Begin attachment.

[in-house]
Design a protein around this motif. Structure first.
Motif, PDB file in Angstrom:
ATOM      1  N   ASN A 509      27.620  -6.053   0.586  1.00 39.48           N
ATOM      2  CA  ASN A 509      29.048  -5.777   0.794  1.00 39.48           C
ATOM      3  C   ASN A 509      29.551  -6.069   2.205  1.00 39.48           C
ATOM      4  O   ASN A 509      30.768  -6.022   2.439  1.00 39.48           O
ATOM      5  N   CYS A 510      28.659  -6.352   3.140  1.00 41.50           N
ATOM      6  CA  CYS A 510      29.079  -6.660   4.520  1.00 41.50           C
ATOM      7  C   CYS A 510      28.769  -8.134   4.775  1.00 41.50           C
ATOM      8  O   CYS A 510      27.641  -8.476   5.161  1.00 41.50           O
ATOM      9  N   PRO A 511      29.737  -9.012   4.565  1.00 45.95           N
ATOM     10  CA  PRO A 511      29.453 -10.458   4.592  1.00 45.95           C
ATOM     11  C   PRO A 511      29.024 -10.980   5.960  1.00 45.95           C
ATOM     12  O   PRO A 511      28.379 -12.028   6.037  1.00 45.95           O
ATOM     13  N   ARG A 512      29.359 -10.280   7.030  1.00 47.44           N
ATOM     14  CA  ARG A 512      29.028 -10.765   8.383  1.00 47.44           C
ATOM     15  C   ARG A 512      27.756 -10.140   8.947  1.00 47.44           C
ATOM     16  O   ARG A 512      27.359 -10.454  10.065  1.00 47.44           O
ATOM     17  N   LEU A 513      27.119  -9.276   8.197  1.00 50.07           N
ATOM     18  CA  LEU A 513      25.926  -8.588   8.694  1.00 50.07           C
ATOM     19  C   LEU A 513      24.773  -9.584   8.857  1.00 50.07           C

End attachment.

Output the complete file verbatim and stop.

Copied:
[in-house]
Design a protein around this motif. Structure first.
Motif, PDB file in Angstrom:
ATOM      1  N   ASN A 509      27.620  -6.053   0.586  1.00 39.48           N
ATOM      2  CA  ASN A 509      29.048  -5.777   0.794  1.00 39.48           C
ATOM      3  C   ASN A 509      29.551  -6.069   2.205  1.00 39.48           C
ATOM      4  O   ASN A 509      30.768  -6.022   2.439  1.00 39.48           O
ATOM      5  N   CYS A 510      28.659  -6.352   3.140  1.00 41.50           N
ATOM      6  CA  CYS A 510      29.079  -6.660   4.520  1.00 41.50           C
ATOM      7  C   CYS A 510      28.769  -8.134   4.775  1.00 41.50           C
ATOM      8  O   CYS A 510      27.641  -8.476   5.161  1.00 41.50           O
ATOM      9  N   PRO A 511      29.737  -9.012   4.565  1.00 45.95           N
ATOM     10  CA  PRO A 511      29.453 -10.458   4.592  1.00 45.95           C
ATOM     11  C   PRO A 511      29.024 -10.980   5.960  1.00 45.95           C
ATOM     12  O   PRO A 511      28.379 -12.028   6.037  1.00 45.95           O
ATOM     13  N   ARG A 512      29.359 -10.280   7.030  1.00 47.44           N
ATOM     14  CA  ARG A 512      29.028 -10.765   8.383  1.00 47.44           C
ATOM     15  C   ARG A 512      27.756 -10.140   8.947  1.00 47.44           C
ATOM     16  O   ARG A 512      27.359 -10.454  10.065  1.00 47.44           O
ATOM     17  N   LEU A 513      27.119  -9.276   8.197  1.00 50.07           N
ATOM     18  CA  LEU A 513      25.926  -8.588   8.694  1.00 50.07           C
ATOM     19  C   LEU A 513      24.773  -9.584   8.857  1.00 50.07           C